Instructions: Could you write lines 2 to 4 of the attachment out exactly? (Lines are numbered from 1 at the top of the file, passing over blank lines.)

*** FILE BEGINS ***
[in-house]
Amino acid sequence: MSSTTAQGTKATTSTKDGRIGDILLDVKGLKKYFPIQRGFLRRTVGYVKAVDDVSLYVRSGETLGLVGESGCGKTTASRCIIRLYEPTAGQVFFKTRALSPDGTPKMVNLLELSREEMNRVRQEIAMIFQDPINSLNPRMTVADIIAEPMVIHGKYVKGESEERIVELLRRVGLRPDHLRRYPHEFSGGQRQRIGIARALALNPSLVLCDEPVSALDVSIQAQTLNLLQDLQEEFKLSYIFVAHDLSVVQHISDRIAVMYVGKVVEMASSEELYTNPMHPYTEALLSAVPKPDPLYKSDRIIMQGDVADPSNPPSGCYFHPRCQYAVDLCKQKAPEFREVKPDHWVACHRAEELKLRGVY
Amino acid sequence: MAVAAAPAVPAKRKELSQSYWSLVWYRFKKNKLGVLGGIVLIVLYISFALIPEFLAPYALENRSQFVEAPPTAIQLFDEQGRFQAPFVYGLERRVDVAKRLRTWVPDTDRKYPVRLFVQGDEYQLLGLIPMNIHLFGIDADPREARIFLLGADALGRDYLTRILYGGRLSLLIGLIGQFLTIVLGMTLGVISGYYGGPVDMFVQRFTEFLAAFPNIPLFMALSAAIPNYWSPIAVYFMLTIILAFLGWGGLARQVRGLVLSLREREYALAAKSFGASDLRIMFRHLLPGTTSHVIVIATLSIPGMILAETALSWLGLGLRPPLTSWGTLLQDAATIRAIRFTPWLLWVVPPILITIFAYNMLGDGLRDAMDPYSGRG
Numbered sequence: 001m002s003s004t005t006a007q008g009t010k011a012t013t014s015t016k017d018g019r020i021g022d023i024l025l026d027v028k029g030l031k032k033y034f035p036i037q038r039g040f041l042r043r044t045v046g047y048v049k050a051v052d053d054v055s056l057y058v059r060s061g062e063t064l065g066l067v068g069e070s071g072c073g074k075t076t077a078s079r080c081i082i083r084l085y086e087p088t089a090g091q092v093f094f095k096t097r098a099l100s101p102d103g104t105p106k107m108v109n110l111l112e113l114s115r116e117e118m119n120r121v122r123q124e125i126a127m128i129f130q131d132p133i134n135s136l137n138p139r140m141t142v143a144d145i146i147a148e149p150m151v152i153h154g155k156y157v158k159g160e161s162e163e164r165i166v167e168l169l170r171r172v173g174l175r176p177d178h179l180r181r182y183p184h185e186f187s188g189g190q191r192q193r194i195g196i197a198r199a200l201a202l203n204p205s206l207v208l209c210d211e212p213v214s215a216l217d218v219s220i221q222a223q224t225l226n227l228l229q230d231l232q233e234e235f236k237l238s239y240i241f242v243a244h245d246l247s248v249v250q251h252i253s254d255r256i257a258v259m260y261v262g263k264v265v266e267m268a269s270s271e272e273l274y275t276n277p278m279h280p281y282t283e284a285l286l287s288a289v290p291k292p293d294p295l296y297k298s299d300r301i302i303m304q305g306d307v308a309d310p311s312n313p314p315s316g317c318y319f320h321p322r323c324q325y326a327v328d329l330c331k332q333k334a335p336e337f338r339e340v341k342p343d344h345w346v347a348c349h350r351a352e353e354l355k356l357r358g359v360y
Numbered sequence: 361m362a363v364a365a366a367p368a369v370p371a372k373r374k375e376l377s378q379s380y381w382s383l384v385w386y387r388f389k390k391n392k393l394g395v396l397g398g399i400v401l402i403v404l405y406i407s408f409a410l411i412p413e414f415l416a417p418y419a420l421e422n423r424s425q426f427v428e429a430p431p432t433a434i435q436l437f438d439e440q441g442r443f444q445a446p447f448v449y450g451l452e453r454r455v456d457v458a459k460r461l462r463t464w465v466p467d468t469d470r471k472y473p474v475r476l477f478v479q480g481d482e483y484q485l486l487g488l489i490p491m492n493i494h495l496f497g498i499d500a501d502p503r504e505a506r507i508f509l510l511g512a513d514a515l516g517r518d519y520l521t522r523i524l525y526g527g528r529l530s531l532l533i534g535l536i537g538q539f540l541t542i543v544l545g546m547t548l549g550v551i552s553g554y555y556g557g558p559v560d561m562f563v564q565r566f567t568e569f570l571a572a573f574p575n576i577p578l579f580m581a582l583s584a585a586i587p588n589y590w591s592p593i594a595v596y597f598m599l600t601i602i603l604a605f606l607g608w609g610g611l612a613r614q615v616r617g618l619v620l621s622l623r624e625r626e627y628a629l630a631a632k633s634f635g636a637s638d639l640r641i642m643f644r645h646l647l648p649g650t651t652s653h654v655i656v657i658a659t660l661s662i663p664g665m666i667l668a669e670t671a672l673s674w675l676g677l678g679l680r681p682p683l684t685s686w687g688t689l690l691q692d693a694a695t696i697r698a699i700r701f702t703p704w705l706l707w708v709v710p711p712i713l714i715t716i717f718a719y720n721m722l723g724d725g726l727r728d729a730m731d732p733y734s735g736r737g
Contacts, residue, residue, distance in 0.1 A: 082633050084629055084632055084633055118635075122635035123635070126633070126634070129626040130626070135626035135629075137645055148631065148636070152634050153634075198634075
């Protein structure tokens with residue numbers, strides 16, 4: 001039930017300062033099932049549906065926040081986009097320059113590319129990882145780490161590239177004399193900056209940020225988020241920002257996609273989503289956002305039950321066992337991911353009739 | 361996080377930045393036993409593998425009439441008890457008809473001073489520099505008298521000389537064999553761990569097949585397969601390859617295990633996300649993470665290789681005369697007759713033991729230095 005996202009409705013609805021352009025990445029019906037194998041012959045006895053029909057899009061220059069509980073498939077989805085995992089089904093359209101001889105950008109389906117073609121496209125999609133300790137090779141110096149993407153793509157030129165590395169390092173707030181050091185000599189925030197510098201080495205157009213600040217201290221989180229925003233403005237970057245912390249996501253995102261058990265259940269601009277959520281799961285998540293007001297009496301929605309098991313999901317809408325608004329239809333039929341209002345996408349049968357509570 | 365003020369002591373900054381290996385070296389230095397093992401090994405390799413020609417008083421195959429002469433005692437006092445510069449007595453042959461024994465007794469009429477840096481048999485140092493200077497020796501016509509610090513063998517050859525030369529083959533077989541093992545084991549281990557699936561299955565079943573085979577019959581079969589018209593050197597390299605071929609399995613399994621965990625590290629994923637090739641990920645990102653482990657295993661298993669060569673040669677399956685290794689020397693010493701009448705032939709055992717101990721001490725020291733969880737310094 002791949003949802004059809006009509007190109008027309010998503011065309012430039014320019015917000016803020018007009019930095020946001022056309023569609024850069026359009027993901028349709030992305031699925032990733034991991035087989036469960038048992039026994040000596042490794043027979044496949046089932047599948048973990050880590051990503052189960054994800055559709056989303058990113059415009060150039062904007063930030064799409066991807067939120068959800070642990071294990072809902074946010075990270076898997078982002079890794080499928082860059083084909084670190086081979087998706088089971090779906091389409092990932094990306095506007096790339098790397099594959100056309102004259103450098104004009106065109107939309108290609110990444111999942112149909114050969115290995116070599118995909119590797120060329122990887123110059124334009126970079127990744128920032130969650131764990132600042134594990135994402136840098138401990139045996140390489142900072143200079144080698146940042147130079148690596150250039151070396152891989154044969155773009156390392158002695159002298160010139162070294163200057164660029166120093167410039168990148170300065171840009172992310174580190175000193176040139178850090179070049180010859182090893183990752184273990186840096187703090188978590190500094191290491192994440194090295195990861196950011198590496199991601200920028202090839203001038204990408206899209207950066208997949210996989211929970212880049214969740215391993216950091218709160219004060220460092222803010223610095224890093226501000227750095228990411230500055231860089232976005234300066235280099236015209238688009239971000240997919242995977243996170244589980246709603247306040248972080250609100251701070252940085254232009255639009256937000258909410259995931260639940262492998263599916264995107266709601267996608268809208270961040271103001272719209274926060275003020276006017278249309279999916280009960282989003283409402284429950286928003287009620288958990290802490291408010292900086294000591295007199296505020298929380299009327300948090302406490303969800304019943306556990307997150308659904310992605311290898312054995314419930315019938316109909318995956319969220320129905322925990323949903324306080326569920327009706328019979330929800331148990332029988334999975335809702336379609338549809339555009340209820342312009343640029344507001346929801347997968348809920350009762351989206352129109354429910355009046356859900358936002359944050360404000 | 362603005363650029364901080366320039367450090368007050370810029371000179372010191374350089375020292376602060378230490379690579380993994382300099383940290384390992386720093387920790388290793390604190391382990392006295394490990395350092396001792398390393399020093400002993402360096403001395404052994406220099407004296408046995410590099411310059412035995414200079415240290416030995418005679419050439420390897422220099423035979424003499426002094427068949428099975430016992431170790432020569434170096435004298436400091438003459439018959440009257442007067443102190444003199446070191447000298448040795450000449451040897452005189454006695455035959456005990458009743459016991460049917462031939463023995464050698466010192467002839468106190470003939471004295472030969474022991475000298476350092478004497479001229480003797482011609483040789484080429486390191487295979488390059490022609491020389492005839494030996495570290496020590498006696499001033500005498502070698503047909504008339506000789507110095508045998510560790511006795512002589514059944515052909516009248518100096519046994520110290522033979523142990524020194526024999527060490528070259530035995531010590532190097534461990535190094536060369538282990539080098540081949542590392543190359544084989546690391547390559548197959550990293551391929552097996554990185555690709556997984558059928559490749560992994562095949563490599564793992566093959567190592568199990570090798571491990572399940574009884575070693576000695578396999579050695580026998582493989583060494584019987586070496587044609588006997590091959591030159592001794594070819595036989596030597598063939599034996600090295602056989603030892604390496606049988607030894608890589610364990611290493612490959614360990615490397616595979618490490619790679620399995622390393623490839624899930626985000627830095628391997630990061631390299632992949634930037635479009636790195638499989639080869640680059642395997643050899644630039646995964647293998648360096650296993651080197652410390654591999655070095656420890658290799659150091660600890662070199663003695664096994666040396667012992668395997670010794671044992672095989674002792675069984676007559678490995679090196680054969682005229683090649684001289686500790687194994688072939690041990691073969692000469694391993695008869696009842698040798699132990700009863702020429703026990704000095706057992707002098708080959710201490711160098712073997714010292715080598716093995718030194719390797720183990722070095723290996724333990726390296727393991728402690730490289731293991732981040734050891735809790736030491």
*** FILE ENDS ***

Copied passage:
Amino acid sequence: MSSTTAQGTKATTSTKDGRIGDILLDVKGLKKYFPIQRGFLRRTVGYVKAVDDVSLYVRSGETLGLVGESGCGKTTASRCIIRLYEPTAGQVFFKTRALSPDGTPKMVNLLELSREEMNRVRQEIAMIFQDPINSLNPRMTVADIIAEPMVIHGKYVKGESEERIVELLRRVGLRPDHLRRYPHEFSGGQRQRIGIARALALNPSLVLCDEPVSALDVSIQAQTLNLLQDLQEEFKLSYIFVAHDLSVVQHISDRIAVMYVGKVVEMASSEELYTNPMHPYTEALLSAVPKPDPLYKSDRIIMQGDVADPSNPPSGCYFHPRCQYAVDLCKQKAPEFREVKPDHWVACHRAEELKLRGVY
Amino acid sequence: MAVAAAPAVPAKRKELSQSYWSLVWYRFKKNKLGVLGGIVLIVLYISFALIPEFLAPYALENRSQFVEAPPTAIQLFDEQGRFQAPFVYGLERRVDVAKRLRTWVPDTDRKYPVRLFVQGDEYQLLGLIPMNIHLFGIDADPREARIFLLGADALGRDYLTRILYGGRLSLLIGLIGQFLTIVLGMTLGVISGYYGGPVDMFVQRFTEFLAAFPNIPLFMALSAAIPNYWSPIAVYFMLTIILAFLGWGGLARQVRGLVLSLREREYALAAKSFGASDLRIMFRHLLPGTTSHVIVIATLSIPGMILAETALSWLGLGLRPPLTSWGTLLQDAATIRAIRFTPWLLWVVPPILITIFAYNMLGDGLRDAMDPYSGRG
Numbered sequence: 001m002s003s004t005t006a007q008g009t010k011a012t013t014s015t016k017d018g019r020i021g022d023i024l025l026d027v028k029g030l031k032k033y034f035p036i037q038r039g040f041l042r043r044t045v046g047y048v049k050a051v052d053d054v055s056l057y058v059r060s061g062e063t064l065g066l067v068g069e070s071g072c073g074k075t076t077a078s079r080c081i082i083r084l085y086e087p088t089a090g091q092v093f094f095k096t097r098a099l100s101p102d103g104t105p106k107m108v109n110l111l112e113l114s115r116e117e118m119n120r121v122r123q124e125i126a127m128i129f130q131d132p133i134n135s136l137n138p139r140m141t142v143a144d145i146i147a148e149p150m151v152i153h154g155k156y157v158k159g160e161s162e163e164r165i166v167e168l169l170r171r172v173g174l175r176p177d178h179l180r181r182y183p184h185e186f187s188g189g190q191r192q193r194i195g196i197a198r199a200l201a202l203n204p205s206l207v208l209c210d211e212p213v214s215a216l217d218v219s220i221q222a223q224t225l226n227l228l229q230d231l232q233e234e235f236k237l238s239y240i241f242v243a244h245d246l247s248v249v250q251h252i253s254d255r256i257a258v259m260y261v262g263k264v265v266e267m268a269s270s271e272e273l274y275t276n277p278m279h280p281y282t283e284a285l286l287s288a289v290p291k292p293d294p295l296y297k298s299d300r301i302i303m304q305g306d307v308a309d310p311s312n313p314p315s316g317c318y319f320h321p322r323c324q325y326a327v328d329l330c331k332q333k334a335p336e337f338r339e340v341k342p343d344h345w346v347a348c349h350r351a352e353e354l355k356l357r358g359v360y